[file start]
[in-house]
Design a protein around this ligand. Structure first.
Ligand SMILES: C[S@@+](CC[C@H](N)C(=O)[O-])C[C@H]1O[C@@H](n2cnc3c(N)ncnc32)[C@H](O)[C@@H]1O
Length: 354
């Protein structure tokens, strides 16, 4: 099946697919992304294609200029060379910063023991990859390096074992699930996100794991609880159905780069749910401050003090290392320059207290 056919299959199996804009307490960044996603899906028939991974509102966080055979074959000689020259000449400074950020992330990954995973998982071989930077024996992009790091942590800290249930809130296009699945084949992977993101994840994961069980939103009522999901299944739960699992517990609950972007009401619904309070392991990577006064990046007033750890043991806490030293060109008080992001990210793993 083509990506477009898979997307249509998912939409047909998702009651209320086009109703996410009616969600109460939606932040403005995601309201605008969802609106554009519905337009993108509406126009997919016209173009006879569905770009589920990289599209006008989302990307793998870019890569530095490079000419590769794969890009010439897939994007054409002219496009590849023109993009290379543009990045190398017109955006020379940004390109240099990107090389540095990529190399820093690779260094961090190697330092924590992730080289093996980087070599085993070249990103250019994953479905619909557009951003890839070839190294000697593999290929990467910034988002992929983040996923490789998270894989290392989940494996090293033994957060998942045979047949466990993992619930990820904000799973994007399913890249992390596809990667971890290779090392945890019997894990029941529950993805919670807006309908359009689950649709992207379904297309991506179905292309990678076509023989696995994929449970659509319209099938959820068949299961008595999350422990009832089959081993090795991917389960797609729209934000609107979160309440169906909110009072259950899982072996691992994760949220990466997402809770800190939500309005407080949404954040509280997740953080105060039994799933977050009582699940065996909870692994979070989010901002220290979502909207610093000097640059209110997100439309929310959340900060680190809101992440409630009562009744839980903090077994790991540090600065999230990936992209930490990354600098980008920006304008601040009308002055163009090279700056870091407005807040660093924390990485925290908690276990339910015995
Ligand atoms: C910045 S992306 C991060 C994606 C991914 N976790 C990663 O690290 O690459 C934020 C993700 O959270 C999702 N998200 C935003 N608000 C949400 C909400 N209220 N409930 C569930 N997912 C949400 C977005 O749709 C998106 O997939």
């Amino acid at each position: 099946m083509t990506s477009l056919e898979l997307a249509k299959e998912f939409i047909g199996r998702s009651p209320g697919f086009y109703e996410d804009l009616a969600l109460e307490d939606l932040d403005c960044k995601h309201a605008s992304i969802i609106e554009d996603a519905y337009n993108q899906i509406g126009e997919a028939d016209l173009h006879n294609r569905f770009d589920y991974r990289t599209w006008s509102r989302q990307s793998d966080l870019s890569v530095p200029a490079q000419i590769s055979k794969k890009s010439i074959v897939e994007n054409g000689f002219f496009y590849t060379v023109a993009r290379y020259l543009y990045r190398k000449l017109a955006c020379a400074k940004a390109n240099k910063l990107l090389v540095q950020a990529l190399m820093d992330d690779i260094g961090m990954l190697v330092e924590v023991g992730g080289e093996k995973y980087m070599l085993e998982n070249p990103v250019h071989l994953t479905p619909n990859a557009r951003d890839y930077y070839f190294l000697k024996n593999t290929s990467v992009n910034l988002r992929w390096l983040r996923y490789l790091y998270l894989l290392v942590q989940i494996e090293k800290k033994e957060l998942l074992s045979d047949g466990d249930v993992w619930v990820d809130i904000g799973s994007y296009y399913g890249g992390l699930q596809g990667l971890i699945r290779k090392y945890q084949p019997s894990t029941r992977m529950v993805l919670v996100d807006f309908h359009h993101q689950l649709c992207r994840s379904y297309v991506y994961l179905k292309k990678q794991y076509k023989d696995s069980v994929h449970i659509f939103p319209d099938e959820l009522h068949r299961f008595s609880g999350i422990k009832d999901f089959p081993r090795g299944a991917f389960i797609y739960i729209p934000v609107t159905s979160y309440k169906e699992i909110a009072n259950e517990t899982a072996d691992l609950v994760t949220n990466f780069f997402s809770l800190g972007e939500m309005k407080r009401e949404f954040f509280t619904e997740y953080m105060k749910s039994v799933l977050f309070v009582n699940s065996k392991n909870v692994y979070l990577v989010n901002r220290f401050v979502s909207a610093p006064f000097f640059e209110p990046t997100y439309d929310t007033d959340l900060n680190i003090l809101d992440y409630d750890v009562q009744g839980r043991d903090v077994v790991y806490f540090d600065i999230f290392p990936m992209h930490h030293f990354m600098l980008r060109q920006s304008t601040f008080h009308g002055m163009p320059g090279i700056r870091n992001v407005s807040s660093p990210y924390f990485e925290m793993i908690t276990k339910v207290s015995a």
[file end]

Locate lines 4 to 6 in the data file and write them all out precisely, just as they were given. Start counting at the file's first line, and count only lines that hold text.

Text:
Length: 354
């Protein structure tokens, strides 16, 4: 099946697919992304294609200029060379910063023991990859390096074992699930996100794991609880159905780069749910401050003090290392320059207290 056919299959199996804009307490960044996603899906028939991974509102966080055979074959000689020259000449400074950020992330990954995973998982071989930077024996992009790091942590800290249930809130296009699945084949992977993101994840994961069980939103009522999901299944739960699992517990609950972007009401619904309070392991990577006064990046007033750890043991806490030293060109008080992001990210793993 083509990506477009898979997307249509998912939409047909998702009651209320086009109703996410009616969600109460939606932040403005995601309201605008969802609106554009519905337009993108509406126009997919016209173009006879569905770009589920990289599209006008989302990307793998870019890569530095490079000419590769794969890009010439897939994007054409002219496009590849023109993009290379543009990045190398017109955006020379940004390109240099990107090389540095990529190399820093690779260094961090190697330092924590992730080289093996980087070599085993070249990103250019994953479905619909557009951003890839070839190294000697593999290929990467910034988002992929983040996923490789998270894989290392989940494996090293033994957060998942045979047949466990993992619930990820904000799973994007399913890249992390596809990667971890290779090392945890019997894990029941529950993805919670807006309908359009689950649709992207379904297309991506179905292309990678076509023989696995994929449970659509319209099938959820068949299961008595999350422990009832089959081993090795991917389960797609729209934000609107979160309440169906909110009072259950899982072996691992994760949220990466997402809770800190939500309005407080949404954040509280997740953080105060039994799933977050009582699940065996909870692994979070989010901002220290979502909207610093000097640059209110997100439309929310959340900060680190809101992440409630009562009744839980903090077994790991540090600065999230990936992209930490990354600098980008920006304008601040009308002055163009090279700056870091407005807040660093924390990485925290908690276990339910015995
Ligand atoms: C910045 S992306 C991060 C994606 C991914 N976790 C990663 O690290 O690459 C934020 C993700 O959270 C999702 N998200 C935003 N608000 C949400 C909400 N209220 N409930 C569930 N997912 C949400 C977005 O749709 C998106 O997939």